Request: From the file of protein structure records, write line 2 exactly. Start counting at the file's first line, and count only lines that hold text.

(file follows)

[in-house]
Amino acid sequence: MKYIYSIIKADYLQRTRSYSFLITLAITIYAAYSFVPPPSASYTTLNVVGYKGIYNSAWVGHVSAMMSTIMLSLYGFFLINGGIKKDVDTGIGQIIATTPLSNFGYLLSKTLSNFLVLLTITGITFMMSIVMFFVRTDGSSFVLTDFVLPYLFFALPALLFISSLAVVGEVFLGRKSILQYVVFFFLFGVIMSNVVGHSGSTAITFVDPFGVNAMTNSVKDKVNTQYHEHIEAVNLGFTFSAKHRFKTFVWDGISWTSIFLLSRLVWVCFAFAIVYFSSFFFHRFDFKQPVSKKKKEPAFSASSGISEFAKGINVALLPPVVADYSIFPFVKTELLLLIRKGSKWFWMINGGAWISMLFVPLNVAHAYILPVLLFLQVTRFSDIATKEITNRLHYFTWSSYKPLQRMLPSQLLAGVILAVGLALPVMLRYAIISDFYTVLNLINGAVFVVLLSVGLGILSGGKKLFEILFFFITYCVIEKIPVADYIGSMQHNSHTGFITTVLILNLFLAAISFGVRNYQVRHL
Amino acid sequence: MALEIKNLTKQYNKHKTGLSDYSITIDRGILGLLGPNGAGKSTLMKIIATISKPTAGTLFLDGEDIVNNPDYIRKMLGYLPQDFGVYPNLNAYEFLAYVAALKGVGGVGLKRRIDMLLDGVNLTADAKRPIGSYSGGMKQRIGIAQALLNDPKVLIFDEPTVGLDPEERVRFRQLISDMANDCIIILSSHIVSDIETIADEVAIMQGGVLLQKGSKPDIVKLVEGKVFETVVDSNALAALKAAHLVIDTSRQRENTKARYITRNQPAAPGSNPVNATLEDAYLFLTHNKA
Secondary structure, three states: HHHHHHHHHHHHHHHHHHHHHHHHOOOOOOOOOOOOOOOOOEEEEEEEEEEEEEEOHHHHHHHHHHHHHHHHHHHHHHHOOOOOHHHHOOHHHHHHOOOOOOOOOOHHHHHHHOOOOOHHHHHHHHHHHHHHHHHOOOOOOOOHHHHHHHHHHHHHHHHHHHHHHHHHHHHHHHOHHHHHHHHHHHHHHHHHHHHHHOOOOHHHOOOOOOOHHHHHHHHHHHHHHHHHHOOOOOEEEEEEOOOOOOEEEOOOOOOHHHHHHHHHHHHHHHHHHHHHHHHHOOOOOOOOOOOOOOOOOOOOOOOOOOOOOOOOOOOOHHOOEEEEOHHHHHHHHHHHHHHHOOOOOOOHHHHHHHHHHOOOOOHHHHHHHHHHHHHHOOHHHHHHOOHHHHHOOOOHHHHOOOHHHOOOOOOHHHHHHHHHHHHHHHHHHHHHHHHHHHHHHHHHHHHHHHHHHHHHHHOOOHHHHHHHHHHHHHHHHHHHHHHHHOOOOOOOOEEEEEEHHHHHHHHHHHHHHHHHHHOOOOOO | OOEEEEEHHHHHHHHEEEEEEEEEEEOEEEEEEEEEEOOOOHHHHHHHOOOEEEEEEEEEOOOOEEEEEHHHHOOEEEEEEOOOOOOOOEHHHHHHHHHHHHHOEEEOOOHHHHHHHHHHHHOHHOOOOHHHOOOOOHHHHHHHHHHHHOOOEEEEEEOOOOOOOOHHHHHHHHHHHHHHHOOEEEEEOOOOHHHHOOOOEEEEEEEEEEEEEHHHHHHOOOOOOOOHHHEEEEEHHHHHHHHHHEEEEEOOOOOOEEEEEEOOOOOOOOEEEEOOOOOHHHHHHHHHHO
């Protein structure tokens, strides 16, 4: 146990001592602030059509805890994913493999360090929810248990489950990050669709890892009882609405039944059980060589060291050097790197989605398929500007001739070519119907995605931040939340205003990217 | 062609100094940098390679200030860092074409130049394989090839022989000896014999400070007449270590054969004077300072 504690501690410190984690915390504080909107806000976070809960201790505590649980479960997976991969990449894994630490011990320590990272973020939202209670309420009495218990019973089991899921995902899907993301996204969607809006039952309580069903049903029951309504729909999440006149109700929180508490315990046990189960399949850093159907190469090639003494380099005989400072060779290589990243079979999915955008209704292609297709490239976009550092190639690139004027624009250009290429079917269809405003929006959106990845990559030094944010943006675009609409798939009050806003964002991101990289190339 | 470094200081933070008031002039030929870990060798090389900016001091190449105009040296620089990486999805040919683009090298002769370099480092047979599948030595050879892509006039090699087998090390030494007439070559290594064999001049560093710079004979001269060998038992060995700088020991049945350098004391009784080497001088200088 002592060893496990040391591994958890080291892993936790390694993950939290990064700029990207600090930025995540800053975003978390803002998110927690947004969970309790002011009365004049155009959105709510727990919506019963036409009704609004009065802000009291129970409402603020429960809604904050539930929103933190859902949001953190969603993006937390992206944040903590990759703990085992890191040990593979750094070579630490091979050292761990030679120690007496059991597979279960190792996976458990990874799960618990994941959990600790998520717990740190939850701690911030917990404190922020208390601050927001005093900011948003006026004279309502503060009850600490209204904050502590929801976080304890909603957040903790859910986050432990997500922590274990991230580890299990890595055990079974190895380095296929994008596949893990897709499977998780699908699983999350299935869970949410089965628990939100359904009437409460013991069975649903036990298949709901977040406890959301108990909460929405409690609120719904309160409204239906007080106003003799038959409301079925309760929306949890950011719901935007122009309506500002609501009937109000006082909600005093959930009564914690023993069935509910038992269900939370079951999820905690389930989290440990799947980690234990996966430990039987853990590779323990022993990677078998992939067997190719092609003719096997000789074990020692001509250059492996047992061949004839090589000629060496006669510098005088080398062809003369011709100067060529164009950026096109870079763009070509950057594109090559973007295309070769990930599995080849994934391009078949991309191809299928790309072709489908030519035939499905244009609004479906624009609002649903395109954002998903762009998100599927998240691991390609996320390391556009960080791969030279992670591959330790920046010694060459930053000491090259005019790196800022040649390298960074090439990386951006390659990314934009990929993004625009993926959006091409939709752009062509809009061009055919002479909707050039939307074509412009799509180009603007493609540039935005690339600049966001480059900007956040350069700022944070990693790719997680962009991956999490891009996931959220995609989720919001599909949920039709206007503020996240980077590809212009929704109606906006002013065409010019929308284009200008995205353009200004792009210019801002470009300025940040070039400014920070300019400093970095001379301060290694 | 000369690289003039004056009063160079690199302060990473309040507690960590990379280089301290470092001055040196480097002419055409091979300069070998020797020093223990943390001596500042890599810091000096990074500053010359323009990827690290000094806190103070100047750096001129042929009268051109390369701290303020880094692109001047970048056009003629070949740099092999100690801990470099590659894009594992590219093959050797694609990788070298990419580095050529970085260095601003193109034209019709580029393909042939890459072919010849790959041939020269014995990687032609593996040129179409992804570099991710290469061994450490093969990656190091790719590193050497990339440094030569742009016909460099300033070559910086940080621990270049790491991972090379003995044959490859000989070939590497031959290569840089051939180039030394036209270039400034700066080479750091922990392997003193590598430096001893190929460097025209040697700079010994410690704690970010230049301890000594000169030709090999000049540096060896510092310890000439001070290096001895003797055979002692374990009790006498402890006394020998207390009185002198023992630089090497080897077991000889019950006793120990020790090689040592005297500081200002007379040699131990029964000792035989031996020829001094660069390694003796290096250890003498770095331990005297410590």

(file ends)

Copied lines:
Amino acid sequence: MKYIYSIIKADYLQRTRSYSFLITLAITIYAAYSFVPPPSASYTTLNVVGYKGIYNSAWVGHVSAMMSTIMLSLYGFFLINGGIKKDVDTGIGQIIATTPLSNFGYLLSKTLSNFLVLLTITGITFMMSIVMFFVRTDGSSFVLTDFVLPYLFFALPALLFISSLAVVGEVFLGRKSILQYVVFFFLFGVIMSNVVGHSGSTAITFVDPFGVNAMTNSVKDKVNTQYHEHIEAVNLGFTFSAKHRFKTFVWDGISWTSIFLLSRLVWVCFAFAIVYFSSFFFHRFDFKQPVSKKKKEPAFSASSGISEFAKGINVALLPPVVADYSIFPFVKTELLLLIRKGSKWFWMINGGAWISMLFVPLNVAHAYILPVLLFLQVTRFSDIATKEITNRLHYFTWSSYKPLQRMLPSQLLAGVILAVGLALPVMLRYAIISDFYTVLNLINGAVFVVLLSVGLGILSGGKKLFEILFFFITYCVIEKIPVADYIGSMQHNSHTGFITTVLILNLFLAAISFGVRNYQVRHL